The beauty industry is a $532 billion business expected to grow further and further through time.
However, this growth comes at the expense of the Earth. The beauty and cosmetics industry is impacting greatly on global carbon emissions and as a consequence are incredibly harmful to the planet.
To begin with, annually around 120 billion units of cosmetic packaging is produced and much of this is either too small to recycle, contains mixed materials so ends up in landfill or is left collecting dust eventually to be binned and replaced.
However, research has shown that 70% of carbon emissions ascribed to this industry could be reduced by just using reusable bottles.
What’s more, is that plastic is also directly harming the environment and animals. For example, it’s been estimated that by 2050 the amount of plastic items in the sea will outnumber fish.
This is alarming for a number of reasons.
Firstly, the plastic in the ocean releases harmful toxins which can be dangerous to the sea’s ecosystem and the animals within them.
Many cleansers, exfoliators and other cosmetic products also contain microbeads – small plastics made from the chemical polyethylene also known as microplastics.
Tragically, because of this, 100 million marine animals die each year from plastic waste alone. In fact, 500 marine locations worldwide have now been declared as dead zones.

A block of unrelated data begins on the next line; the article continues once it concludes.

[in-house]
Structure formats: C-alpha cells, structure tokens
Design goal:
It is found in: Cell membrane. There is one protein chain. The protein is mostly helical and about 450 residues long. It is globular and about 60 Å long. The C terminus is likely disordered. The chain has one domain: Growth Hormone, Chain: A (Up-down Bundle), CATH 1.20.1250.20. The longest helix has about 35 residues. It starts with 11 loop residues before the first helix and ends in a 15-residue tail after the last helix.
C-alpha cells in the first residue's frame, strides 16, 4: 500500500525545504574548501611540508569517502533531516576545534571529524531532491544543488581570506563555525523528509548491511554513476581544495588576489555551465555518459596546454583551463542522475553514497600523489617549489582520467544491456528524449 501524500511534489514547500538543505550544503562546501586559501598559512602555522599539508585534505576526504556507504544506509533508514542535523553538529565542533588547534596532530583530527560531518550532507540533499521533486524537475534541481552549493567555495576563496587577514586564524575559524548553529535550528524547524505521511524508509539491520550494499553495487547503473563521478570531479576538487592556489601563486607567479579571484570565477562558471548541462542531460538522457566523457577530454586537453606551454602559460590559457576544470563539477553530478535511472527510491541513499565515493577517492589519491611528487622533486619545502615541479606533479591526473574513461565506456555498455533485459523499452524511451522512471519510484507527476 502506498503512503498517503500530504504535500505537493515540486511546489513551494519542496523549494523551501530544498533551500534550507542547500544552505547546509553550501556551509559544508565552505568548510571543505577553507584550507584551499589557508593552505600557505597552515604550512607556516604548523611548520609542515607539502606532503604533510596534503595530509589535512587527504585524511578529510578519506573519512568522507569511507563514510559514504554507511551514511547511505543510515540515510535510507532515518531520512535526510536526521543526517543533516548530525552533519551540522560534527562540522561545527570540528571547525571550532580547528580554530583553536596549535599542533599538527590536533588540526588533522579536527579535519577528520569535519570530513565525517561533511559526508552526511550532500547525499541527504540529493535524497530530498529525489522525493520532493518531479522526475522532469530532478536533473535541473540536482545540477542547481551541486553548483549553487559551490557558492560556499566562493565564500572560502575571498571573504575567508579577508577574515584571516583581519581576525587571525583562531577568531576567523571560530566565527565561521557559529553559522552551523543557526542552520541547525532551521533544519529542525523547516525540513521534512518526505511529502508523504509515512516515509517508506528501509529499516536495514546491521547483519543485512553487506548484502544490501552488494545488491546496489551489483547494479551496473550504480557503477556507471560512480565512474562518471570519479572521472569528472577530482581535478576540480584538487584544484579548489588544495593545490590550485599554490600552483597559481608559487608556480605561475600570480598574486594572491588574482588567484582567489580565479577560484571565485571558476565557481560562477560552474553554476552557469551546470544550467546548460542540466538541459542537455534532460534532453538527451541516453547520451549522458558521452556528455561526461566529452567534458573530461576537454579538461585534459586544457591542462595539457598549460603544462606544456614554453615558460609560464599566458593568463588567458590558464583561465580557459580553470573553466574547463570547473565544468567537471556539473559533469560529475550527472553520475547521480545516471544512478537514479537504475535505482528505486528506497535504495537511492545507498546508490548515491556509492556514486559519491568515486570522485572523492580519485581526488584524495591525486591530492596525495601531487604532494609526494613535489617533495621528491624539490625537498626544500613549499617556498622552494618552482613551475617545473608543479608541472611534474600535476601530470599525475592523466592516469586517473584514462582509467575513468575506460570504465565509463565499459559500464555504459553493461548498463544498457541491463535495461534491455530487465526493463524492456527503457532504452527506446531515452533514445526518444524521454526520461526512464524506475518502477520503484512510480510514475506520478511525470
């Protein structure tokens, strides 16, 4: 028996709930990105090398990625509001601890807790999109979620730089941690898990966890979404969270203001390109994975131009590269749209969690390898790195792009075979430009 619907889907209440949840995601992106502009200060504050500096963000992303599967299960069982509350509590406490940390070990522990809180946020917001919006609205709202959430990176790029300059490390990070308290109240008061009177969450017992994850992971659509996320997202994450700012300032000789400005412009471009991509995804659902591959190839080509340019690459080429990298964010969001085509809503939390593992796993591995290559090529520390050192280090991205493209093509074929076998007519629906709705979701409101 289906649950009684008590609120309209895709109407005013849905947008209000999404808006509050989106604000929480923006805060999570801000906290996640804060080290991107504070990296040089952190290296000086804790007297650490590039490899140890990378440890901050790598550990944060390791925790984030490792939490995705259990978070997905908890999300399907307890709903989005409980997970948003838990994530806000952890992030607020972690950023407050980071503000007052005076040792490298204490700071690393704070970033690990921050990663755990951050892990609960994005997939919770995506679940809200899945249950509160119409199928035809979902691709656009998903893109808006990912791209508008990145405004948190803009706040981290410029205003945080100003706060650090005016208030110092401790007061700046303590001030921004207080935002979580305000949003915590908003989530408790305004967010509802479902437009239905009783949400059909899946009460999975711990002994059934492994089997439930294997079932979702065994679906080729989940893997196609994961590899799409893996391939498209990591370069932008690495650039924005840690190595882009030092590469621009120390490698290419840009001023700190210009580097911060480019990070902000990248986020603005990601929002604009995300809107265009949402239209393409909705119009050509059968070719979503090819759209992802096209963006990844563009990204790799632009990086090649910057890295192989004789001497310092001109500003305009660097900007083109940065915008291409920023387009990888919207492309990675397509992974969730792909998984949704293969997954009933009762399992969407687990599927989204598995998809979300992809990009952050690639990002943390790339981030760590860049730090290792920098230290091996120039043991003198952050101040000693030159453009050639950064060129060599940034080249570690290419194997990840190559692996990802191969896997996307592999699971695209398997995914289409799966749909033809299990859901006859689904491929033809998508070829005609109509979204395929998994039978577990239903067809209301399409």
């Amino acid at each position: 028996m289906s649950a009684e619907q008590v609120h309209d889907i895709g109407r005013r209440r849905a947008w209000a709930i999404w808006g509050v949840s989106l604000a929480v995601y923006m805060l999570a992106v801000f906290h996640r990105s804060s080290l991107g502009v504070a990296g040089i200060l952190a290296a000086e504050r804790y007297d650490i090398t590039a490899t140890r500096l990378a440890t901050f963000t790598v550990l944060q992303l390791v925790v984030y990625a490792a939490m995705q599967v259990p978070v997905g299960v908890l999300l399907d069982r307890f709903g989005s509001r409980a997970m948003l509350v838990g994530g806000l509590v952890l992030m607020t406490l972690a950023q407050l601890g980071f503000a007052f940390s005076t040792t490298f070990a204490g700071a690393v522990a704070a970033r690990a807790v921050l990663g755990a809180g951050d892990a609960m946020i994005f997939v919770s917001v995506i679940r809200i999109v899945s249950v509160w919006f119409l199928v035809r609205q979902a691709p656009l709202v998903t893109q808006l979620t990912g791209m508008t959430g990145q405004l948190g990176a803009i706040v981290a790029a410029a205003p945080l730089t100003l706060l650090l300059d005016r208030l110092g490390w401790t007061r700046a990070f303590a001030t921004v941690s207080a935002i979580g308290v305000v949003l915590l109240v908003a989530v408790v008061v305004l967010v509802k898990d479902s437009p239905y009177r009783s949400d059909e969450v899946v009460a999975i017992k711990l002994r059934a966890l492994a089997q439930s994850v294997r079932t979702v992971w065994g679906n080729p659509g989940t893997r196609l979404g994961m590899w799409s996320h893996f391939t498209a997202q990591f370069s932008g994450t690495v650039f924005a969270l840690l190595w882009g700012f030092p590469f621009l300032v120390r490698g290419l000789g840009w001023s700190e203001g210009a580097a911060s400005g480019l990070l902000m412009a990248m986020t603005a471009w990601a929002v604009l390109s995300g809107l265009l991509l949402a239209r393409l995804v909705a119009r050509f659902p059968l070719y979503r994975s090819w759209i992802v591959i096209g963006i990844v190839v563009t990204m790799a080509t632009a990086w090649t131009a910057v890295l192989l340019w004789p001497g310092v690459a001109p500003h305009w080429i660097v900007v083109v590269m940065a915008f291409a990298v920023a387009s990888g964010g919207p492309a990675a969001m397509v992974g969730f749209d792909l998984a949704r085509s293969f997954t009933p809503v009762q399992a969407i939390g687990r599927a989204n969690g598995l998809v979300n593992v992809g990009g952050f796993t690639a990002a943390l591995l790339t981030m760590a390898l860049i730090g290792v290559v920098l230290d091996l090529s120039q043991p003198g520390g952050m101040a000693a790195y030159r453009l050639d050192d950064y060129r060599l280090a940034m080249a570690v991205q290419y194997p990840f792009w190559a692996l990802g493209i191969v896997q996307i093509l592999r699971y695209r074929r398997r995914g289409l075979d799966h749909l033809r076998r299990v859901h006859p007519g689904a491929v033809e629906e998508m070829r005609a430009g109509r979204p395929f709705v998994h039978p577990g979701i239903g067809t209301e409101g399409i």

Dead zones are low-oxygen areas known formally as hypoxic areas in oceans and lakes. Because most organisms need oxygen to live, few organisms can survive in a hypoxic habitat, hence the name dead zones.
What’s more, many cosmetics and daily essentials such as toothpaste, deodorant and lipstick also contain palm oil.
Palm oil is still one of the greatest culprits when it comes to deforestation. This has an impact on the forest ecosystem and the animals that call this habitat home.
Sadly, this is affecting already vulnerable species such as the orang-utan and Sumatran rhino.
Deforestation often involves damaging peatlands which can cause the release of carbon at a faster rate. Damaged peatlands are a major source of greenhouse gas emissions, annually releasing almost 6% of global CO₂ emissions.
Moving forward: How to sustain change
What we have seen in recent years is the “greenwashing” trend within the beauty and cosmetics industry. Here, the promotion of additional natural ingredients masks the toxic chemicals already in the product.
So, as consumers how do we ensure we don’t fall for the trap and purchase products which are harmful to the environment?
1. Be a mindful consumer